NASA's Fermi Telescope confirms debris as source of extreme cosmic particles

NASA’s Fermi Telescope confirms debris as source of extreme cosmic particles

Illustration of NASA’s Fermi Gamma-ray Space Telescope at work.Image credit: Conceptual Image Lab at NASA’s Goddard Space Flight Center

Astronomers have long searched for the launch sites of some of the most energetic protons in our galaxy. Now, a study using 12 years of data from NASA’s Fermi Gamma-ray Space Telescope confirms that a supernova remnant is one such place.

Fermi has shown that the shock wave of an exploding star boosts the particle’s velocity to a speed comparable to the speed of light. Known as cosmic rays, these particles come primarily in the form of protons, but can also include atomic nuclei and electrons. Because they both carry an electric charge, their paths get chaotic as they pass through our galaxy’s magnetic field. This obscures their birthplace since we can no longer tell which direction they came from. But when these particles collide with interstellar gas near the supernova remnant, they produce a distinct glow of gamma rays — the most energetic light out there.

“Theorists believe that the most energetic cosmic ray protons in the Milky Way reach energies of one million electron volts, or PeV,” said Ke Fang, assistant professor of physics at the University of Wisconsin-Madison. “The exact nature of the source of what we call PeVatrons is difficult to pin down.”

Trapped by the chaotic magnetic field, the particles repeatedly travel through the supernova’s shock wave, gaining speed and energy with each pass. Eventually, the remnants could no longer hold them, and they sped off into interstellar space.

Boosted by about 10 times the energy collected by the Large Hadron Collider, the world’s most powerful particle accelerator, PeV protons are on the cusp of escaping our galaxy entirely.

Discover how astronomers have located the supernova remnant, which fires protons to energies 10 times higher than the most powerful particle accelerators on Earth.Image credit: NASA Goddard Space Flight Center

Astronomers have identified some suspicious PeVatrons, including one at the center of our galaxy. Naturally, supernova remnants topped the shortlist. However, of the roughly 300 known remnants, only a few have been found to emit gamma rays with sufficiently high energies.

A peculiar stellar remnant has caught the attention of gamma-ray astronomers. Known as G106.3+2.7, it’s a comet-like cloud located about 2,600 light-years away in the constellation Cepheus. A bright pulsar covers the northern end of the supernova remnant, and astronomers believe the two objects formed in the same explosion.

Fermi’s Large Area Telescope, its main instrument, detected billion-electron-volt (GeV) gamma rays from the tail extending from the wreckage. (In comparison, visible light has about 2 to 3 electron volts.) The High Energy Radiation Imaging Telescope Array System (VERITAS) at the Fred Lawrence Whipple Observatory in southern Arizona recorded higher-energy gamma rays from the same region . The high-altitude water Cherenkov Gamma-ray Observatory in Mexico and the AS-Gamma Experiment in Tibet in China both detected photons with energies of 100 trillion electron volts (TeV) from the region probed by Fermi and VERITAS.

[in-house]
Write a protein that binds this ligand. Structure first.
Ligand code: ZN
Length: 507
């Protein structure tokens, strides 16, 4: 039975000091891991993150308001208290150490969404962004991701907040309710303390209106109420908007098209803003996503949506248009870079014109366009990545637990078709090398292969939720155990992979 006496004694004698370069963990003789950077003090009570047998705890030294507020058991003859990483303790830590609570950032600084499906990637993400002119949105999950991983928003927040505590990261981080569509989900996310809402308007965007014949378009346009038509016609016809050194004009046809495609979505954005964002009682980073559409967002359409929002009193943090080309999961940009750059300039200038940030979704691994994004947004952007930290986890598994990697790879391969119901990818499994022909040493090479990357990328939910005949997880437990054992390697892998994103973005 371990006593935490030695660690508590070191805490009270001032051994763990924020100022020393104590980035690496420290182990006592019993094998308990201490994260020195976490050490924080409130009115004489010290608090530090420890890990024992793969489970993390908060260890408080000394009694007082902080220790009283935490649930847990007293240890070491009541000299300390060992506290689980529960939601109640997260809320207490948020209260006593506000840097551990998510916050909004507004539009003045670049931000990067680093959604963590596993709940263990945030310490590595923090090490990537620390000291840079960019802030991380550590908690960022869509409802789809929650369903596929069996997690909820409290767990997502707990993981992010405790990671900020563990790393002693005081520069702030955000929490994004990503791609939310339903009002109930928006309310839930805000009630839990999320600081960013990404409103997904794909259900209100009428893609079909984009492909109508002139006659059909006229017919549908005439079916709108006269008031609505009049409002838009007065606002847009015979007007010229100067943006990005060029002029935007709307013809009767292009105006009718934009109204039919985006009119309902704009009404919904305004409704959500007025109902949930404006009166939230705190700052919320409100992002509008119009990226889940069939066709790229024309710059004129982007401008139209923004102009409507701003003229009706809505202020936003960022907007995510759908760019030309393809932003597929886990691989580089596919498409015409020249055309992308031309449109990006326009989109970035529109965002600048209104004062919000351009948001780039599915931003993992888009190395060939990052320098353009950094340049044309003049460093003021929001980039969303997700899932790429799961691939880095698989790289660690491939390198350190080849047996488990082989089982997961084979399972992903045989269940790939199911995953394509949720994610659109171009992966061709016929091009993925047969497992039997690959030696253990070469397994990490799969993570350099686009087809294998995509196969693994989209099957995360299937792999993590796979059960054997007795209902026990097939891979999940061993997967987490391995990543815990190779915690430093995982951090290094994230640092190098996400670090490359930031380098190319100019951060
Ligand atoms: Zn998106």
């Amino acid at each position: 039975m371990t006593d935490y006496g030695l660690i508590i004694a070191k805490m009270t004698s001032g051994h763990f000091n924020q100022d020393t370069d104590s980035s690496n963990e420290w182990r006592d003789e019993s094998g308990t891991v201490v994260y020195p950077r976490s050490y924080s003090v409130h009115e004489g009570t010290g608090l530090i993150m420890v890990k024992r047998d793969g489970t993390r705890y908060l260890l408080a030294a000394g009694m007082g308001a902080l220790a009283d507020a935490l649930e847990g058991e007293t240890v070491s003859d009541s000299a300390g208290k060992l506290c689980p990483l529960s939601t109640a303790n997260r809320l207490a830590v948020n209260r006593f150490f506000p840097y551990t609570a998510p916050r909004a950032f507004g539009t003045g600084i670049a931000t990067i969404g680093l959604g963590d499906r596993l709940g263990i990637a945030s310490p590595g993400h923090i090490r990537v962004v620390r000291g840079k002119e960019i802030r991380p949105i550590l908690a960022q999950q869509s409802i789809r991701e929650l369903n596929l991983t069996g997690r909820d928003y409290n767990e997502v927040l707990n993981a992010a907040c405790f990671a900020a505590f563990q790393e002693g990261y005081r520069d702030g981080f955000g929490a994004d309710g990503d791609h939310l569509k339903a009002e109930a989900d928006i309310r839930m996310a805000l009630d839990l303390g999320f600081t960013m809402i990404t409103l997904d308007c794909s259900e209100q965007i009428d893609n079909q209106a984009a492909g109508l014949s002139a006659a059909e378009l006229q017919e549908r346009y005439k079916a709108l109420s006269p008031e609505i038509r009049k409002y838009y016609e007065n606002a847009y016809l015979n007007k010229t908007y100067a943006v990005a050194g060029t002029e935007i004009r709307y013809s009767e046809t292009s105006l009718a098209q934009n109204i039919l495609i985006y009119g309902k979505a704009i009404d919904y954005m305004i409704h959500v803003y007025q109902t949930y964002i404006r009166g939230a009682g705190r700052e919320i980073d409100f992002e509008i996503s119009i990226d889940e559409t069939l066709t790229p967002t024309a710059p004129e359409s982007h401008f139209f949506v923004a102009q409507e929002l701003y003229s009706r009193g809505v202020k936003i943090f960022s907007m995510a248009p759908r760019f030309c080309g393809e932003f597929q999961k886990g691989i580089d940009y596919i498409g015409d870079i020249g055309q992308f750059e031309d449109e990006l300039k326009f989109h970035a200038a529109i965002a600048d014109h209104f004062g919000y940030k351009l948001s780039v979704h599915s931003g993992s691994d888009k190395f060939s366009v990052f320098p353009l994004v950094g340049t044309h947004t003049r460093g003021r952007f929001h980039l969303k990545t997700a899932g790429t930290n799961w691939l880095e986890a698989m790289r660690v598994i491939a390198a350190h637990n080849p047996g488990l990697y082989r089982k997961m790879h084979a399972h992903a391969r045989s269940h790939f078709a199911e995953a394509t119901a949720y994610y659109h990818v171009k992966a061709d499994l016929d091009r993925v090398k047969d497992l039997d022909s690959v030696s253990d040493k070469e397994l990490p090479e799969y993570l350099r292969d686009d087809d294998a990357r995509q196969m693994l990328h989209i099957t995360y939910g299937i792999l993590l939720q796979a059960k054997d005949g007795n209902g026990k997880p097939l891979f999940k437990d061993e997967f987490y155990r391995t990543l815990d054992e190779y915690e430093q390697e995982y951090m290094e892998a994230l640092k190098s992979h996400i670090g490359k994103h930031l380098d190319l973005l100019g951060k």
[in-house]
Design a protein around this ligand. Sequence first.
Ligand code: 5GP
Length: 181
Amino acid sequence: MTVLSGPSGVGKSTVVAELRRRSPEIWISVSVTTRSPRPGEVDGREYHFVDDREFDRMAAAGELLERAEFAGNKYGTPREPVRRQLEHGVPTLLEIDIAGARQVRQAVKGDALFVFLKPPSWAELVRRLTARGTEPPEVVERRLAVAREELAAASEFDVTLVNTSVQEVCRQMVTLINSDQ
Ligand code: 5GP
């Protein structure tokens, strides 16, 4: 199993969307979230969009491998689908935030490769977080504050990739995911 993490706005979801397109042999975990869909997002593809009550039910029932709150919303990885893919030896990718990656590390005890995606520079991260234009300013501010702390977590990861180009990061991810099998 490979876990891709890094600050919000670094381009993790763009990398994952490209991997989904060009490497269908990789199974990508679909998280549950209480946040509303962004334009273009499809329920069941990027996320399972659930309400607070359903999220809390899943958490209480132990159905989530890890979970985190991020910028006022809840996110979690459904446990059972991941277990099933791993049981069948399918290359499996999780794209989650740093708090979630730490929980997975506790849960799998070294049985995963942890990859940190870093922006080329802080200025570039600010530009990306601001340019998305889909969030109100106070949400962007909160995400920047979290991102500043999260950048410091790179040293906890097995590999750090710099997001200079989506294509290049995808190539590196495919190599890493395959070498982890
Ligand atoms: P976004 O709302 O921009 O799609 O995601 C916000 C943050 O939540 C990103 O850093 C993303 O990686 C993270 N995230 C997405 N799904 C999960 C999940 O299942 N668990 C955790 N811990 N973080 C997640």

“This object has generated considerable interest now, but to name it a PeVatron, we have to show that it is accelerating protons,” explained co-author Henrike Fleischhack of the Catholic University of America in Washington and NASA’s Goddard Space, Maryland. Flight Center in Greenbelt, Fla. “The problem is that electrons accelerated to a few hundred TeV can produce the same emission. Now, with 12 years of Fermi data, we think we’ve shown that G106.3+2.7 is indeed a PeVatron.”

A paper detailing the findings, led by Fang, was published in the journal Aug. 10. Physical Review Letters.

This sequence compares Fermi results in three energy ranges. Pulsar J2229+6114 is the bright source at the top, and the northern end of the supernova remnant G106.3+2.7 (green outline). Within each energy range, the sequence first shows the amount of gamma rays and then the excess amount compared to that expected by the background model. Brighter colors indicate greater amounts or excess of gamma rays. At the highest energies, a new source of gamma rays emerged, created when protons accelerated by a supernova’s shock wave hit a nearby gas cloud. Image credit: NASA/Fermi/Fang et al. 2022

Pulsar J2229+6114 emits its own gamma rays in beacon-like beacons as it rotates, and this glow dominates the region with energies of a few GeV. Most of this emission occurs during the first half of the pulsar’s rotation. The team effectively shut down the pulsar by analyzing only the gamma rays arriving from late in the cycle. Below 10 GeV, there is no apparent emission from the residue tail.

Above this energy, the pulsar’s interference is negligible, and additional sources become apparent. The team’s detailed analysis overwhelmingly supports PeV protons as the particles driving this gamma-ray emission.

“So far, G106.3+2.7 is unique, but it could be the brightest member of the new group of supernova remnants emitting gamma rays up to TeV energies,” Fang noted. “More may be discovered through future observations by Fermi and the Ultra-High Energy Gamma-ray Observatory.”

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More information:
Ke Fang et al, Evidence for PeV Proton Acceleration from Fermi-LAT Observations of SNR G106.3+2.7, Physical Review Letters (2022). DOI: 10.1103/PhysRevLett.129.071101

Citation: NASA’s Fermi Telescope confirms debris as source of extreme cosmic particle (10 Aug 2022), 11 Aug 2022 from -telescope-star-source.html retrieved

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